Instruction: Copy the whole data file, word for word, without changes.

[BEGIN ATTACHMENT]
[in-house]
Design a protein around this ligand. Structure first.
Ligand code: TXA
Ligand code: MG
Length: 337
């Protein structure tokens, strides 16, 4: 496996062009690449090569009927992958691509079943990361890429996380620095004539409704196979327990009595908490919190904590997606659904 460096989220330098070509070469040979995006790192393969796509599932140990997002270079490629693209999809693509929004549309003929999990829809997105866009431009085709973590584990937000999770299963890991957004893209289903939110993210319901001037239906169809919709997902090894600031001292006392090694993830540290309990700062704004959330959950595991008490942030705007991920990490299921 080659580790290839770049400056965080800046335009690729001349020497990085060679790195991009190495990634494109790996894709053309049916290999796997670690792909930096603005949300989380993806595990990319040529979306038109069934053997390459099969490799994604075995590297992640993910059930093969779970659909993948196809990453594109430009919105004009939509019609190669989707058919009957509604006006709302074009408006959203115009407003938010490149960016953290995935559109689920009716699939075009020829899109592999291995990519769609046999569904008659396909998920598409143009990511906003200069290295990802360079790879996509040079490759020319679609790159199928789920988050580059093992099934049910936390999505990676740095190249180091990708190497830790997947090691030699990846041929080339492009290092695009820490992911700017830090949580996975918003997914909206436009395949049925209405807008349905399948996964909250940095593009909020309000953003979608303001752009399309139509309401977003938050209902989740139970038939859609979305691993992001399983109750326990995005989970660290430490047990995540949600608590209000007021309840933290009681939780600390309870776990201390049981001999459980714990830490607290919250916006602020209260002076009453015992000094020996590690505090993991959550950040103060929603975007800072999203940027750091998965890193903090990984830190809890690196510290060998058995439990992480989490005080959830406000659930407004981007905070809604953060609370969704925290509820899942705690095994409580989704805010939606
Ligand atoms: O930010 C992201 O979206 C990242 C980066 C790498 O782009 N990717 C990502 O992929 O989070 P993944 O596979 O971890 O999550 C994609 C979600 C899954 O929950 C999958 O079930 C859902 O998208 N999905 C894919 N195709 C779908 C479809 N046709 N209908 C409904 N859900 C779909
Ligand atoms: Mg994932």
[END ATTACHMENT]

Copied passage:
[in-house]
Design a protein around this ligand. Structure first.
Ligand code: TXA
Ligand code: MG
Length: 337
């Protein structure tokens, strides 16, 4: 496996062009690449090569009927992958691509079943990361890429996380620095004539409704196979327990009595908490919190904590997606659904 460096989220330098070509070469040979995006790192393969796509599932140990997002270079490629693209999809693509929004549309003929999990829809997105866009431009085709973590584990937000999770299963890991957004893209289903939110993210319901001037239906169809919709997902090894600031001292006392090694993830540290309990700062704004959330959950595991008490942030705007991920990490299921 080659580790290839770049400056965080800046335009690729001349020497990085060679790195991009190495990634494109790996894709053309049916290999796997670690792909930096603005949300989380993806595990990319040529979306038109069934053997390459099969490799994604075995590297992640993910059930093969779970659909993948196809990453594109430009919105004009939509019609190669989707058919009957509604006006709302074009408006959203115009407003938010490149960016953290995935559109689920009716699939075009020829899109592999291995990519769609046999569904008659396909998920598409143009990511906003200069290295990802360079790879996509040079490759020319679609790159199928789920988050580059093992099934049910936390999505990676740095190249180091990708190497830790997947090691030699990846041929080339492009290092695009820490992911700017830090949580996975918003997914909206436009395949049925209405807008349905399948996964909250940095593009909020309000953003979608303001752009399309139509309401977003938050209902989740139970038939859609979305691993992001399983109750326990995005989970660290430490047990995540949600608590209000007021309840933290009681939780600390309870776990201390049981001999459980714990830490607290919250916006602020209260002076009453015992000094020996590690505090993991959550950040103060929603975007800072999203940027750091998965890193903090990984830190809890690196510290060998058995439990992480989490005080959830406000659930407004981007905070809604953060609370969704925290509820899942705690095994409580989704805010939606
Ligand atoms: O930010 C992201 O979206 C990242 C980066 C790498 O782009 N990717 C990502 O992929 O989070 P993944 O596979 O971890 O999550 C994609 C979600 C899954 O929950 C999958 O079930 C859902 O998208 N999905 C894919 N195709 C779908 C479809 N046709 N209908 C409904 N859900 C779909
Ligand atoms: Mg994932």